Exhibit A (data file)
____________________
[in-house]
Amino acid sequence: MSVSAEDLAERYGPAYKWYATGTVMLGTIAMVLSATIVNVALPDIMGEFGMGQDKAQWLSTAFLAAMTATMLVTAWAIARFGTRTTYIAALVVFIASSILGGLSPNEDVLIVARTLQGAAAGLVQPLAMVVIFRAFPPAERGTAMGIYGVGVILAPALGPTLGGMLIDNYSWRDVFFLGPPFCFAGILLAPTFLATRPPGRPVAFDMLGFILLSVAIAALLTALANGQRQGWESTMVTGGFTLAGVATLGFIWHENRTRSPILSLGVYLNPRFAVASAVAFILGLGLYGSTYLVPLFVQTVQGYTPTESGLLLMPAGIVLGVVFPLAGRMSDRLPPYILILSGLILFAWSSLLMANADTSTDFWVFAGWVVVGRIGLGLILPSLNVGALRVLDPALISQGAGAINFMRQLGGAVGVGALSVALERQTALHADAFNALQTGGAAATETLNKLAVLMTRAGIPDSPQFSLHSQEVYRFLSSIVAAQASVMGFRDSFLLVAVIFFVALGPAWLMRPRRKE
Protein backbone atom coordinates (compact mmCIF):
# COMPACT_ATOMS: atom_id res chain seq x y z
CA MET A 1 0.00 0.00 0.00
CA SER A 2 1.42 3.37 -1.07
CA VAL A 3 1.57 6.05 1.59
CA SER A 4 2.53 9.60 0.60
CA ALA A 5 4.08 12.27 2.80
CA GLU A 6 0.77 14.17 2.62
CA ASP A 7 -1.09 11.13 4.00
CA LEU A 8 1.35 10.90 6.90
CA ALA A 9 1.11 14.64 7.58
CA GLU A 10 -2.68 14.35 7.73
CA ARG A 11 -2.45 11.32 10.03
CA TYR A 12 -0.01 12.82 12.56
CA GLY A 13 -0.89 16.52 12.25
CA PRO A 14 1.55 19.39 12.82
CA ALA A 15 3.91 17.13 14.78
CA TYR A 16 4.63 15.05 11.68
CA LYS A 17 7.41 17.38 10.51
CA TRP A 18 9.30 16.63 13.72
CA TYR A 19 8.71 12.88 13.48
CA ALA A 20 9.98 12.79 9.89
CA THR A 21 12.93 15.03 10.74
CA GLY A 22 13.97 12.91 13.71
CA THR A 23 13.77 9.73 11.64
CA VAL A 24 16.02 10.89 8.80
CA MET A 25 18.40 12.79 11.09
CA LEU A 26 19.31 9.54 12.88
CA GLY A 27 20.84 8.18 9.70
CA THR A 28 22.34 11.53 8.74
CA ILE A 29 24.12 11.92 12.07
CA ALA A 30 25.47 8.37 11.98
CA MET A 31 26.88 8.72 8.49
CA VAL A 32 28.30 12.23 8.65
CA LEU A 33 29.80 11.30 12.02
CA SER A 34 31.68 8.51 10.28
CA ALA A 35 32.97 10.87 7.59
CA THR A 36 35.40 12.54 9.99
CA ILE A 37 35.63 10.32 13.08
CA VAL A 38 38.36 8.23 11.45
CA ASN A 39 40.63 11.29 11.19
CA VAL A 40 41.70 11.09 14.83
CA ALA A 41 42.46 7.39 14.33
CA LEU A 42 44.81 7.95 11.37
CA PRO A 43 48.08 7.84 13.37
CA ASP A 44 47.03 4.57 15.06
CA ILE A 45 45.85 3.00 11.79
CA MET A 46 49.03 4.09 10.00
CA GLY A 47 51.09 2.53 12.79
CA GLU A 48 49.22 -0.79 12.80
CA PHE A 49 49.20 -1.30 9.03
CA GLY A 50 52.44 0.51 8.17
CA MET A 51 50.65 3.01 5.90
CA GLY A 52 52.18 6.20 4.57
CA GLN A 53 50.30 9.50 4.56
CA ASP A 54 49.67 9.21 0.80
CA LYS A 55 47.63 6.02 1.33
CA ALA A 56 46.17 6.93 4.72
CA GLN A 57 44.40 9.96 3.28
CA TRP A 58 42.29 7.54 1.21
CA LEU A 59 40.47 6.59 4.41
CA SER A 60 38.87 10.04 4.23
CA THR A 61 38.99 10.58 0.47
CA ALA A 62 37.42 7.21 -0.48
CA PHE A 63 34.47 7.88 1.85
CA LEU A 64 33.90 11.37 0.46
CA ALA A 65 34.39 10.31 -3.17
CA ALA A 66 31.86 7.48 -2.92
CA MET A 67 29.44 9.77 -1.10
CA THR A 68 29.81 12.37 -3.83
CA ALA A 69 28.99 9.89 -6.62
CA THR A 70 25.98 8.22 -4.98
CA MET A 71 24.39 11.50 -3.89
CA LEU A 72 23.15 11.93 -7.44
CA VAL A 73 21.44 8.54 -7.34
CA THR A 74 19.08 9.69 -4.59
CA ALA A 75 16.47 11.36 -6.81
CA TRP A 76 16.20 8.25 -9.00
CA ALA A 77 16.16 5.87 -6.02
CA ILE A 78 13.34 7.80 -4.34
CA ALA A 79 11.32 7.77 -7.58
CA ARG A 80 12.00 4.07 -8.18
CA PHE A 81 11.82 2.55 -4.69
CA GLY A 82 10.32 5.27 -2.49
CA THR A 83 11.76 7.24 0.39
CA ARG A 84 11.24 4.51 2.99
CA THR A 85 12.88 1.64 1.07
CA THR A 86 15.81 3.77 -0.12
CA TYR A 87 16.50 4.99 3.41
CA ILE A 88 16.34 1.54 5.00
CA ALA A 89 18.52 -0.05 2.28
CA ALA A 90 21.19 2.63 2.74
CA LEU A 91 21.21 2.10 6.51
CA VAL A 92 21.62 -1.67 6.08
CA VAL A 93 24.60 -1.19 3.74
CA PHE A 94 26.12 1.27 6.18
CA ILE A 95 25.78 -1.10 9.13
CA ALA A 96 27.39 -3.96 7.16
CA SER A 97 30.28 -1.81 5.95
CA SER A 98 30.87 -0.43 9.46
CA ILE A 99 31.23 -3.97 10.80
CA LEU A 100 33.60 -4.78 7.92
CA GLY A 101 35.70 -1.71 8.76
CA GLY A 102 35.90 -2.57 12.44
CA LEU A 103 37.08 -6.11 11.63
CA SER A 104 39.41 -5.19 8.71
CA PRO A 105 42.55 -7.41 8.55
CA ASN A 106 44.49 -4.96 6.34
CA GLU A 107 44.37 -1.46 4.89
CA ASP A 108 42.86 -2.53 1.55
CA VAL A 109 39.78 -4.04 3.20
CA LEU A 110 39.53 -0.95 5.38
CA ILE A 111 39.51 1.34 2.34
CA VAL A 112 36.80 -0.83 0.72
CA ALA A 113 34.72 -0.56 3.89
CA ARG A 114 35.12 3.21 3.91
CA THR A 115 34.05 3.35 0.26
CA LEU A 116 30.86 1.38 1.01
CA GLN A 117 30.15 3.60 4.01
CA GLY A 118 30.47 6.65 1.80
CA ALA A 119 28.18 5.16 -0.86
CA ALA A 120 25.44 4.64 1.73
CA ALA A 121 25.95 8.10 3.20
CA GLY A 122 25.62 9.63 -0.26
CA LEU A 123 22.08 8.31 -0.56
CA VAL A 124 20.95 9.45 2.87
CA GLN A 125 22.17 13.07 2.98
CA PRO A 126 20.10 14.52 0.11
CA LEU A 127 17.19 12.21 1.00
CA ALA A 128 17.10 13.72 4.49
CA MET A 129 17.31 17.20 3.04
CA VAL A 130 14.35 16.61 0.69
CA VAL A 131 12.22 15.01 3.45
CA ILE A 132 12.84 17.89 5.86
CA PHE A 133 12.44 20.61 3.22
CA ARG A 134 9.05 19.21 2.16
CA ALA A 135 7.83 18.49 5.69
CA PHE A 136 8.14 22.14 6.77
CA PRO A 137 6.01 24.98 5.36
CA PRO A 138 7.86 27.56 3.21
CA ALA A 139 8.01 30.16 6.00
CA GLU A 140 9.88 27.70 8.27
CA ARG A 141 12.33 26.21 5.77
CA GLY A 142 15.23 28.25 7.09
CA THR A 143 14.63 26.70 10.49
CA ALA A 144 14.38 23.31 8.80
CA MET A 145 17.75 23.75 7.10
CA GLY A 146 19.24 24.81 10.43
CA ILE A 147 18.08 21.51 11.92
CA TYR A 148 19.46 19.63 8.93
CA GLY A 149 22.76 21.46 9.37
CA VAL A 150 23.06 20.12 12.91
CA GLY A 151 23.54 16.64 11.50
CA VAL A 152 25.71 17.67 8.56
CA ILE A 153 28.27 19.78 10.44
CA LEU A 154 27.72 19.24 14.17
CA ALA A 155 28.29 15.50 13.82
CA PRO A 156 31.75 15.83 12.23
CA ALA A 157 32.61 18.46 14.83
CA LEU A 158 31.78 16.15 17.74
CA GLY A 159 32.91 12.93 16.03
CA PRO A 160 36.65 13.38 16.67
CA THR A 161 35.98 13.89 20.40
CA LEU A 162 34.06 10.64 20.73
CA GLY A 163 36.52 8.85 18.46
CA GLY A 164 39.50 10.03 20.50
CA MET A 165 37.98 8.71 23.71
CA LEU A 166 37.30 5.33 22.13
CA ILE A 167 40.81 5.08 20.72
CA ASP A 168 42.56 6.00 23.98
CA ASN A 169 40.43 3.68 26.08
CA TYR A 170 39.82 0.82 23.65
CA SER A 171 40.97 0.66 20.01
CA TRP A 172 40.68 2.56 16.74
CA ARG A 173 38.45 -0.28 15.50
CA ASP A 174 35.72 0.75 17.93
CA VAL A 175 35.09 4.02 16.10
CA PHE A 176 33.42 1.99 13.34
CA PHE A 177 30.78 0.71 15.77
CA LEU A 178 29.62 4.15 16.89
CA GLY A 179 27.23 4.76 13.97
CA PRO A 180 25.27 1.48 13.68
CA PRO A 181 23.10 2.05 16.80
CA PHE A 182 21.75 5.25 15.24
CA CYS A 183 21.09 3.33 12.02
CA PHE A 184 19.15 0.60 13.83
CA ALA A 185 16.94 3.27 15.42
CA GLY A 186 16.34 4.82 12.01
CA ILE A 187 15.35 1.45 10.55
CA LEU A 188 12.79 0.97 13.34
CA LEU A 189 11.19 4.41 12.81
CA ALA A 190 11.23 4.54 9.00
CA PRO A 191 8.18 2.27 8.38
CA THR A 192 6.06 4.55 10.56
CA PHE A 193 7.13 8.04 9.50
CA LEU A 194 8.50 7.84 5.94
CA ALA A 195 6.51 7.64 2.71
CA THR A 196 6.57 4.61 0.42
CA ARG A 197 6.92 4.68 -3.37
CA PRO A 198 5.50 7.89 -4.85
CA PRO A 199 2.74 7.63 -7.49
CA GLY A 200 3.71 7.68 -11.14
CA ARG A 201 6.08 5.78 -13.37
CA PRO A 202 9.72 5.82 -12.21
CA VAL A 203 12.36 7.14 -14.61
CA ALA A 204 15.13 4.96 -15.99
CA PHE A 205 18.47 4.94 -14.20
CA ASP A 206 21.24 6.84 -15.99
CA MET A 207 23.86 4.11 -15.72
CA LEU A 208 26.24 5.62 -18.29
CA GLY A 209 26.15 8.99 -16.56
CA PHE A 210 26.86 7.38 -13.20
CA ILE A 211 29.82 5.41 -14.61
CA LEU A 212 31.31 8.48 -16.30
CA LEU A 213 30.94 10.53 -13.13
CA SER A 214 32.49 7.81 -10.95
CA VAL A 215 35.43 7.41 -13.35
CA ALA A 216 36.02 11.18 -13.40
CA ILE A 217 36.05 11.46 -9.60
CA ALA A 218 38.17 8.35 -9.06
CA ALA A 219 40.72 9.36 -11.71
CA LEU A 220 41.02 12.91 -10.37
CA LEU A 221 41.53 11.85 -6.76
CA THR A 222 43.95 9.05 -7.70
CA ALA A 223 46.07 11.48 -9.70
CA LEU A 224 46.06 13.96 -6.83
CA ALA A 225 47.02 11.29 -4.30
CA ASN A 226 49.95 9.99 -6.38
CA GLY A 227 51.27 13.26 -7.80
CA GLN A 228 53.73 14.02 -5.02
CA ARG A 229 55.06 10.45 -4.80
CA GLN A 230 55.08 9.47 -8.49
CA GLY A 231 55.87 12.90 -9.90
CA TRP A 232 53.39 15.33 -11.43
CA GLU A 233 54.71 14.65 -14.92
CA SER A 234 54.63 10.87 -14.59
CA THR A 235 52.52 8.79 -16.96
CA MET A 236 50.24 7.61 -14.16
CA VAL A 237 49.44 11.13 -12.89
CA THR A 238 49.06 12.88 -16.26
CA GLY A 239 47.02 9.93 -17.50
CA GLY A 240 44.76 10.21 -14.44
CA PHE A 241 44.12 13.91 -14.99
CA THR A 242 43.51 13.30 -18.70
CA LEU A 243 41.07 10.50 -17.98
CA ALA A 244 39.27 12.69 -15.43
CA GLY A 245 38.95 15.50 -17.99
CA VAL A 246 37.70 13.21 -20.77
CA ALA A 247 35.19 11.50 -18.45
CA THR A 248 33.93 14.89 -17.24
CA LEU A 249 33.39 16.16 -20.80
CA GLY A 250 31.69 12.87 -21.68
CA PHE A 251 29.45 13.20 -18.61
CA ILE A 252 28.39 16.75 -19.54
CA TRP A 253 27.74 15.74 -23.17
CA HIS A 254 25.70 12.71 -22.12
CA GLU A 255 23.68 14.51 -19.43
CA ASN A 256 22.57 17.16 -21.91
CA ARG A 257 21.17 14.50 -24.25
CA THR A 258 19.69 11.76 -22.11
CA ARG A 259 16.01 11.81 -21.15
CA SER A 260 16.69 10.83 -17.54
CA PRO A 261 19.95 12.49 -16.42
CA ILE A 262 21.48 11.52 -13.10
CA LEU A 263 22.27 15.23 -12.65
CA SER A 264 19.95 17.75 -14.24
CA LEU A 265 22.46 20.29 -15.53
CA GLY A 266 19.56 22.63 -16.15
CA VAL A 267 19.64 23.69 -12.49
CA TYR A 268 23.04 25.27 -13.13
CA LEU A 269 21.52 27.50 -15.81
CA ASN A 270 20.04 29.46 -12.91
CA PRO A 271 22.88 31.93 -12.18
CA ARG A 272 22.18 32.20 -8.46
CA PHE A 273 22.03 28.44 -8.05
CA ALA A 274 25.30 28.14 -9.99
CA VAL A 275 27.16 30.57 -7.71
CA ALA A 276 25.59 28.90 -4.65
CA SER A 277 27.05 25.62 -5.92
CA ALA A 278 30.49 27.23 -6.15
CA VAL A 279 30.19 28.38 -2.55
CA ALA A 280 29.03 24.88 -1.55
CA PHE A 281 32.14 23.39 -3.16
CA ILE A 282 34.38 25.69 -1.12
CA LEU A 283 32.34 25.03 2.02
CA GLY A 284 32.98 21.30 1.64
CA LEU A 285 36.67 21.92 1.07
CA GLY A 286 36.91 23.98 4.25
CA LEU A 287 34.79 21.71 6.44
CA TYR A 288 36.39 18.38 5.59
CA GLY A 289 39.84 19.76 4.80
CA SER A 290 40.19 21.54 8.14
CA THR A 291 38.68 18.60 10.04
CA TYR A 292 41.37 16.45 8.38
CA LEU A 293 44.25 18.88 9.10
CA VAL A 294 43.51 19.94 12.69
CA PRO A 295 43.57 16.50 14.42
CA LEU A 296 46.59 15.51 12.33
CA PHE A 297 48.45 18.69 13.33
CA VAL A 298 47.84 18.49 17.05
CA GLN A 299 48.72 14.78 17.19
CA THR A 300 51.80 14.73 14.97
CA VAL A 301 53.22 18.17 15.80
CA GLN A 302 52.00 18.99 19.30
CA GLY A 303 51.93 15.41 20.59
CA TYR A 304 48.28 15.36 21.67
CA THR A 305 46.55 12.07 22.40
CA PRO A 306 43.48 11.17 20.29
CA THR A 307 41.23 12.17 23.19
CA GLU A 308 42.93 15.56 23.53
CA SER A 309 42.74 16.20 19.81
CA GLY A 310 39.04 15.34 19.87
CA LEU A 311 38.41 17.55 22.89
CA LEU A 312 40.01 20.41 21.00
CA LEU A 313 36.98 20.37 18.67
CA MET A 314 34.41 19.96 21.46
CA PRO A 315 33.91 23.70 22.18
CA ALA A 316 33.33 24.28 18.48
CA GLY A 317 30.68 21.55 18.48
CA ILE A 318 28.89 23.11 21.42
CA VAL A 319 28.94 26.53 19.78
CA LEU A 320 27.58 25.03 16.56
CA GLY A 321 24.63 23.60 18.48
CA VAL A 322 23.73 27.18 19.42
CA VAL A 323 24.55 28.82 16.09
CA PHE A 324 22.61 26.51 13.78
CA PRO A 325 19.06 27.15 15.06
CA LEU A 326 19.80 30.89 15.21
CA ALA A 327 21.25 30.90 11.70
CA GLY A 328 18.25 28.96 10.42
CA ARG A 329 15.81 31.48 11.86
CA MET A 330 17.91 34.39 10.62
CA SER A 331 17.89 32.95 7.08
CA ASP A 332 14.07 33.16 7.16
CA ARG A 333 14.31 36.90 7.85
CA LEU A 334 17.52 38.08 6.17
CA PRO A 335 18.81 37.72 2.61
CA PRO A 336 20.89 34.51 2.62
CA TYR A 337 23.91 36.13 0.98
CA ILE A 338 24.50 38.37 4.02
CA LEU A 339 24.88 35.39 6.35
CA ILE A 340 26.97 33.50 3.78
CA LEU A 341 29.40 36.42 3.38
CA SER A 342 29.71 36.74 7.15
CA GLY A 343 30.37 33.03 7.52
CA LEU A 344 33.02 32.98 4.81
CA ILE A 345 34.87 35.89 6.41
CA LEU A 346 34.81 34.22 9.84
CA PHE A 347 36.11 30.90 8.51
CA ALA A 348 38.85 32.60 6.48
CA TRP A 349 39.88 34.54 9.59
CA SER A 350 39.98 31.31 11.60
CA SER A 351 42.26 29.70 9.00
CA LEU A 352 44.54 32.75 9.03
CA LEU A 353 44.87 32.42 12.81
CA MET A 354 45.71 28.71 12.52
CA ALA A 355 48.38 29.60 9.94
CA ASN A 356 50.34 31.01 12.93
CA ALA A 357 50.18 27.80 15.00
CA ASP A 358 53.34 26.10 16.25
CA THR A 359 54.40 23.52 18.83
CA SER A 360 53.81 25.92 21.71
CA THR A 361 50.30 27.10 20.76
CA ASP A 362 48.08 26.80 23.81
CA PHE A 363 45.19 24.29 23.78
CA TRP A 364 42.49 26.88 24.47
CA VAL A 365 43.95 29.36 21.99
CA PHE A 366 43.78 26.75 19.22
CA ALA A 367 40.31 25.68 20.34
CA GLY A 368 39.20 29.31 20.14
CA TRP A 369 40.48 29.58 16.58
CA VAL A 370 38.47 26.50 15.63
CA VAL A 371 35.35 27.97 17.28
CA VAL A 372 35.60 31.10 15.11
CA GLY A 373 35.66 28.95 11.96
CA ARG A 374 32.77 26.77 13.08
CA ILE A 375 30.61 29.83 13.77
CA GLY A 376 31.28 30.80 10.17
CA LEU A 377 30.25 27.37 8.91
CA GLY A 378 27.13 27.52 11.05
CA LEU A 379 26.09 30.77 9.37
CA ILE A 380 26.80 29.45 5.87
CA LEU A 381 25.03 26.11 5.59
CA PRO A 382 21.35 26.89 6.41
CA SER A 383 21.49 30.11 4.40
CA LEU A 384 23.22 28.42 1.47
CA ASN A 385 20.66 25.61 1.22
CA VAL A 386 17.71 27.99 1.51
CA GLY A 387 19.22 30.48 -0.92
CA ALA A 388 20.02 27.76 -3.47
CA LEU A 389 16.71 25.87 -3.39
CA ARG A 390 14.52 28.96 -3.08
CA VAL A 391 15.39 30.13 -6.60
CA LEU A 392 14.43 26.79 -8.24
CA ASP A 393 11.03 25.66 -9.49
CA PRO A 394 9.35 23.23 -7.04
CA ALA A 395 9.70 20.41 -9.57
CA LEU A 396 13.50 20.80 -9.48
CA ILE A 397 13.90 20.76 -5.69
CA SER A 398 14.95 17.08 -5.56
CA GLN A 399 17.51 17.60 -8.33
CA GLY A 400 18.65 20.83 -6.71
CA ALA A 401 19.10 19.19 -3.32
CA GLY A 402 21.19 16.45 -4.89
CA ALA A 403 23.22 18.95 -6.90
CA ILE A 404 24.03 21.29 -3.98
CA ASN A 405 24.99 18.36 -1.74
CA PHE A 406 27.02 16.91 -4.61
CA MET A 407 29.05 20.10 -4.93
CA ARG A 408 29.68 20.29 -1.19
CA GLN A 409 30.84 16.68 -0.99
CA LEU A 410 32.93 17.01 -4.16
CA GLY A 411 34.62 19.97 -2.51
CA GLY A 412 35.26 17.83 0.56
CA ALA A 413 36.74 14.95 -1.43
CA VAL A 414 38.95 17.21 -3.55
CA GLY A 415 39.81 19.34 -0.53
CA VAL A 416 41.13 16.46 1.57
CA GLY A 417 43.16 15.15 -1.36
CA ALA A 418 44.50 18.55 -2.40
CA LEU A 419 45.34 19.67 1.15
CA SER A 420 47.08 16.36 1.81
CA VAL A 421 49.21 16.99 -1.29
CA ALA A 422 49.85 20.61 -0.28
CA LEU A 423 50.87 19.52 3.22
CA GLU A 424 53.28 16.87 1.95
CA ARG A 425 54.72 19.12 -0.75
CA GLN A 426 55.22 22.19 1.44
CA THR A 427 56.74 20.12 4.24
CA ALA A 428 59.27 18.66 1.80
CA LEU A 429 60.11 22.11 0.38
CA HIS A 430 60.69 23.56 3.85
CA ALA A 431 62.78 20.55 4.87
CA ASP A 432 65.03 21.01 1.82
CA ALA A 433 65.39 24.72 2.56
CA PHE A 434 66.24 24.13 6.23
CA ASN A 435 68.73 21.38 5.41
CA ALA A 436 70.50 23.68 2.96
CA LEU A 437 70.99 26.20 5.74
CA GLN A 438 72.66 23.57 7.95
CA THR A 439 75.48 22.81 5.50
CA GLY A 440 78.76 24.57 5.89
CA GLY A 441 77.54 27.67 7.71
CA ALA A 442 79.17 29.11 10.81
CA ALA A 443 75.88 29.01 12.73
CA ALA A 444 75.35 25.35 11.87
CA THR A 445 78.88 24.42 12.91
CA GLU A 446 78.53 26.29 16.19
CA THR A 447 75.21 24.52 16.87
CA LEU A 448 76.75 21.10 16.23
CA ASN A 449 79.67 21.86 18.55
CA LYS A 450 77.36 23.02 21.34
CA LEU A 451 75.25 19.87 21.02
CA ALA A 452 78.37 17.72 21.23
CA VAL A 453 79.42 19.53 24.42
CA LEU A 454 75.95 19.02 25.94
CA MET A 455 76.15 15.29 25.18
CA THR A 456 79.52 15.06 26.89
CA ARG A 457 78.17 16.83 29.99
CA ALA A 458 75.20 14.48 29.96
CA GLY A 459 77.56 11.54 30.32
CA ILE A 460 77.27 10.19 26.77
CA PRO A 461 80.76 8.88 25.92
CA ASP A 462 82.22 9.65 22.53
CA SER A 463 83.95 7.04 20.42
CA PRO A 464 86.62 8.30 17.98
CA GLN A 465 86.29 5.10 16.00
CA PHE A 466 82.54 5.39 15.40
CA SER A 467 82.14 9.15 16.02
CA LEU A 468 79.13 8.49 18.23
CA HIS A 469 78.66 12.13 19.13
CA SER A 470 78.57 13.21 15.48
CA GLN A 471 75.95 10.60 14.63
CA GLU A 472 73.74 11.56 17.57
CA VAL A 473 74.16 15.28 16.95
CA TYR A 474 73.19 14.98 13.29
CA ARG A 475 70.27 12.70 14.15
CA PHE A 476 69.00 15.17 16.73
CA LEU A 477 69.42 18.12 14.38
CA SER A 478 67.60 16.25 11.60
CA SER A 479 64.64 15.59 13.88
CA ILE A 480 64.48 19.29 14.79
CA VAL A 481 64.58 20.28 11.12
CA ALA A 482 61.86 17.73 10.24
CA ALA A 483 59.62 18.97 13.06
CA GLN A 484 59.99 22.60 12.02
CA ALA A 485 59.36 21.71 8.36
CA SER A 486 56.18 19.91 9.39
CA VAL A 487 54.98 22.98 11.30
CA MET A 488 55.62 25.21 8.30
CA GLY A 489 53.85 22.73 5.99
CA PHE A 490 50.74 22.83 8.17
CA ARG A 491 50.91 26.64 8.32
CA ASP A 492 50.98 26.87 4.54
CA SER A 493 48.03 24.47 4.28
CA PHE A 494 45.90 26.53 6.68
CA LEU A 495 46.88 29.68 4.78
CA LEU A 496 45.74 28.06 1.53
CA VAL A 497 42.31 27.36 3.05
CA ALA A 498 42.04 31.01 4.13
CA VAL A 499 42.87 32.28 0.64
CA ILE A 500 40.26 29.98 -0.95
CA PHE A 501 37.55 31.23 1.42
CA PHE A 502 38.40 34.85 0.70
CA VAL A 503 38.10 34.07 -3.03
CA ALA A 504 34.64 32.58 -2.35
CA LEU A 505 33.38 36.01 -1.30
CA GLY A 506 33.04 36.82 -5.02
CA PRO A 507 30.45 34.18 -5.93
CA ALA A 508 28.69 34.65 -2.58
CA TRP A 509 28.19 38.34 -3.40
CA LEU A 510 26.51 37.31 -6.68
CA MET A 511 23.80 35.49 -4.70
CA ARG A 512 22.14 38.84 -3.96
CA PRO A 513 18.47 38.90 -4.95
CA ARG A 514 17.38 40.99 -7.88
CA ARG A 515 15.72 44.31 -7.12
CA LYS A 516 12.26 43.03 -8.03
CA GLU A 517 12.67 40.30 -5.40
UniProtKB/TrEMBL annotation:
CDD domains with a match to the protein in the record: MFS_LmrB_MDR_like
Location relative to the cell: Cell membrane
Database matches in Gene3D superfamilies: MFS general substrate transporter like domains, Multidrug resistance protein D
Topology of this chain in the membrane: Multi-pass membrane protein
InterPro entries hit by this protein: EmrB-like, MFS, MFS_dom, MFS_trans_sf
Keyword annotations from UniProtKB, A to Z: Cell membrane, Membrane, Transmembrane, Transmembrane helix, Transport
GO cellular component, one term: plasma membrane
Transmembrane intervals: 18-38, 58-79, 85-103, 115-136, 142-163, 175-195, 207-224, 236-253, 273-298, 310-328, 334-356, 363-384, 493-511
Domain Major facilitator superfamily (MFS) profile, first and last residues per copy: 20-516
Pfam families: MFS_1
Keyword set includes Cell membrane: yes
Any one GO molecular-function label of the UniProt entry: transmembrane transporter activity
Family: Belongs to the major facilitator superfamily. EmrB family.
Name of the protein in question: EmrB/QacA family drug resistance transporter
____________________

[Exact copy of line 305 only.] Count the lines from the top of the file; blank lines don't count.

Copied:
CA VAL A 301 53.22 18.17 15.80